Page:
I'm pretty sure I heightened expectations of perfection by saying people should pay (not me) for eating. Speaking of which, people should lower their expectations, this thing is going to be as informal as it gets. Like... I'll have adequate seating for everyone but no dining room table. My place isn't exactly set up for a dinner party and this isn't a dinner party so much as an extremely informal party at my house that happens to also have delicious food being served.
2shokwave11y
This statement of yours in the post (which IMO deserves more than a parenthetical) does more than enough to counter any link between quality of event and donation.
0playtherapist11y
You might have heightened expectations, but I don't think it's realistic to expect that much. I belong to several nonprofit organizations that have meet ups with food and ask for a donation or admission charge Often it is expected for participants to bring a dish, in addition to making a donation. If invitees don't like the menu, they either usually bring something they do like tp share or don't com. If they do complain,they generally do so more discreetly or put a positive spin on it. For example, they might praise the organizers for a job well done and say they think a dinner organized around such and such dish or catered by, or held at, such and such restaurant would be great for the next event.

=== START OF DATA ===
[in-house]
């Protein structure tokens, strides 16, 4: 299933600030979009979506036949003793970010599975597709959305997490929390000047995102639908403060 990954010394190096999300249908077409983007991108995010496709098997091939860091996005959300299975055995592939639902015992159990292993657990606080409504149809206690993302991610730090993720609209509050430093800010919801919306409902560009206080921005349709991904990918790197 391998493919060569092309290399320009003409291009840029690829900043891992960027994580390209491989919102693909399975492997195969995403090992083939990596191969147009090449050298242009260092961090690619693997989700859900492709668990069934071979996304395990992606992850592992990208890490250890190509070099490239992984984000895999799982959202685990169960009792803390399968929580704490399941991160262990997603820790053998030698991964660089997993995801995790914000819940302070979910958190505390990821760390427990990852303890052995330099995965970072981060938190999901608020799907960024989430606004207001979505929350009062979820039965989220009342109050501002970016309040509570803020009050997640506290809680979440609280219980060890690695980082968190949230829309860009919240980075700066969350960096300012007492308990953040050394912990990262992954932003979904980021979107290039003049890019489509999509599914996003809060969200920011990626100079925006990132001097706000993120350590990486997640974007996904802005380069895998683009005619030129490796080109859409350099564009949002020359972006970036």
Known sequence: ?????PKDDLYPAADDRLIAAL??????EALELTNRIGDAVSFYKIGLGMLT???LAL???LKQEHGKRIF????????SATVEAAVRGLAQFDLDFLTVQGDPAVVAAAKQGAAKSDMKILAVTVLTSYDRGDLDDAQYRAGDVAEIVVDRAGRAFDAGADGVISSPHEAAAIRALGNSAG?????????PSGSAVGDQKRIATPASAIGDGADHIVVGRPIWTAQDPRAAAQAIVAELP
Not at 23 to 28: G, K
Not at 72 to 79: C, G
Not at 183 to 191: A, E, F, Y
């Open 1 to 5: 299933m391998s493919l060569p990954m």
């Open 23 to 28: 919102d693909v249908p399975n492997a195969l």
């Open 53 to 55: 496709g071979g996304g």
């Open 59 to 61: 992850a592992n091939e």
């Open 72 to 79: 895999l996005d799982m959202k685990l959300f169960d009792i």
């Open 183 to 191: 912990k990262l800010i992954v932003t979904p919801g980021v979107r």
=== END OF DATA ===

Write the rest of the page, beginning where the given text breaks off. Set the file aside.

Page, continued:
0MBlume11y
Why Our Kind Can't Cooperate [http://lesswrong.com/lw/3h/why_our_kind_cant_cooperate/]
0playtherapist11y
Interesting post. I agree that disagreement is productive and necessary for an organization to be effective. I know, however, that there are ways of disagreeing in a diplomatic way that lead to others being more likely to listen. Learning to be diplomatic takes practice, desire and good social skills. Diplomacy and social skills can be learned. By my post, I was suggesting ways one can be more diplomatic when the menu isn't to ones liking.
0MBlume11y
Oh, I'm not sure if it was clear, I was linking to agree with/amplify your point.

It just occurred to me that, if this is an event to be held in honor of Isaac Newton, you should serve apples.

Newton's birthday is actualy January 4 in the Gregorian calendar.

It seems obviously in the spirit of Christmas to celebrate someone's birthday on the arguably wrong date. :D